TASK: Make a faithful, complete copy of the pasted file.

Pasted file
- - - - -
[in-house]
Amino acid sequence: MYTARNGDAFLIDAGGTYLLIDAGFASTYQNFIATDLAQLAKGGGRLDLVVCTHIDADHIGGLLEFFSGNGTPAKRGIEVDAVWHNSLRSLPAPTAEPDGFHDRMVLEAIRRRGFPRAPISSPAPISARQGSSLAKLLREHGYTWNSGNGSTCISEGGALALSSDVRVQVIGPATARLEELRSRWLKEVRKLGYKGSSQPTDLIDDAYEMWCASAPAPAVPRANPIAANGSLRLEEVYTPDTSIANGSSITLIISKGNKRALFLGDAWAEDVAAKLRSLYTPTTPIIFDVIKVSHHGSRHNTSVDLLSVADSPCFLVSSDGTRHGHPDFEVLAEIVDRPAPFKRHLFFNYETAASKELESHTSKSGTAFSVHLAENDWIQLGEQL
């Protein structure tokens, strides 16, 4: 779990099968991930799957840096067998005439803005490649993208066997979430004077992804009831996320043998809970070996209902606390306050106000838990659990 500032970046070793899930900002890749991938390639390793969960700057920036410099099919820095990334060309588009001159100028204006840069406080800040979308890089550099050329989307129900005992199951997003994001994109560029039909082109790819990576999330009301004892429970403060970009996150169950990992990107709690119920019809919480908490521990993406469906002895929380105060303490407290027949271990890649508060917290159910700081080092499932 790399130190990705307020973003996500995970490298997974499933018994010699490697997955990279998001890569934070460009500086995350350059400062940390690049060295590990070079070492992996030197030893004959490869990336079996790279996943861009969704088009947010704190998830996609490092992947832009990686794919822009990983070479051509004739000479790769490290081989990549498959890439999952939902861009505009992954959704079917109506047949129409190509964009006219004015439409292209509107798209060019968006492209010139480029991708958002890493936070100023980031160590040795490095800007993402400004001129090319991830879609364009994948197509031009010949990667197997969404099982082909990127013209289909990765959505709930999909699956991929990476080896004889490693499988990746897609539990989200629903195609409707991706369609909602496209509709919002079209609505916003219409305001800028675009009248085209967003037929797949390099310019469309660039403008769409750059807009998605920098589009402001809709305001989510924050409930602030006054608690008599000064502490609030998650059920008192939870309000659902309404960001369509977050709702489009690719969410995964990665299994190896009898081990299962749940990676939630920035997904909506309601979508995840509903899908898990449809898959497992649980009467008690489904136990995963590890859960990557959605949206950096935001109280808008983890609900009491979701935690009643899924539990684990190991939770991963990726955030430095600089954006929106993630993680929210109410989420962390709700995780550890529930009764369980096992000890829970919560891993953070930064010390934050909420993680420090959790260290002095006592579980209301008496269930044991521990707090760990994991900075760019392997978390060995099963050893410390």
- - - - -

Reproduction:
[in-house]
Amino acid sequence: MYTARNGDAFLIDAGGTYLLIDAGFASTYQNFIATDLAQLAKGGGRLDLVVCTHIDADHIGGLLEFFSGNGTPAKRGIEVDAVWHNSLRSLPAPTAEPDGFHDRMVLEAIRRRGFPRAPISSPAPISARQGSSLAKLLREHGYTWNSGNGSTCISEGGALALSSDVRVQVIGPATARLEELRSRWLKEVRKLGYKGSSQPTDLIDDAYEMWCASAPAPAVPRANPIAANGSLRLEEVYTPDTSIANGSSITLIISKGNKRALFLGDAWAEDVAAKLRSLYTPTTPIIFDVIKVSHHGSRHNTSVDLLSVADSPCFLVSSDGTRHGHPDFEVLAEIVDRPAPFKRHLFFNYETAASKELESHTSKSGTAFSVHLAENDWIQLGEQL
């Protein structure tokens, strides 16, 4: 779990099968991930799957840096067998005439803005490649993208066997979430004077992804009831996320043998809970070996209902606390306050106000838990659990 500032970046070793899930900002890749991938390639390793969960700057920036410099099919820095990334060309588009001159100028204006840069406080800040979308890089550099050329989307129900005992199951997003994001994109560029039909082109790819990576999330009301004892429970403060970009996150169950990992990107709690119920019809919480908490521990993406469906002895929380105060303490407290027949271990890649508060917290159910700081080092499932 790399130190990705307020973003996500995970490298997974499933018994010699490697997955990279998001890569934070460009500086995350350059400062940390690049060295590990070079070492992996030197030893004959490869990336079996790279996943861009969704088009947010704190998830996609490092992947832009990686794919822009990983070479051509004739000479790769490290081989990549498959890439999952939902861009505009992954959704079917109506047949129409190509964009006219004015439409292209509107798209060019968006492209010139480029991708958002890493936070100023980031160590040795490095800007993402400004001129090319991830879609364009994948197509031009010949990667197997969404099982082909990127013209289909990765959505709930999909699956991929990476080896004889490693499988990746897609539990989200629903195609409707991706369609909602496209509709919002079209609505916003219409305001800028675009009248085209967003037929797949390099310019469309660039403008769409750059807009998605920098589009402001809709305001989510924050409930602030006054608690008599000064502490609030998650059920008192939870309000659902309404960001369509977050709702489009690719969410995964990665299994190896009898081990299962749940990676939630920035997904909506309601979508995840509903899908898990449809898959497992649980009467008690489904136990995963590890859960990557959605949206950096935001109280808008983890609900009491979701935690009643899924539990684990190991939770991963990726955030430095600089954006929106993630993680929210109410989420962390709700995780550890529930009764369980096992000890829970919560891993953070930064010390934050909420993680420090959790260290002095006592579980209301008496269930044991521990707090760990994991900075760019392997978390060995099963050893410390």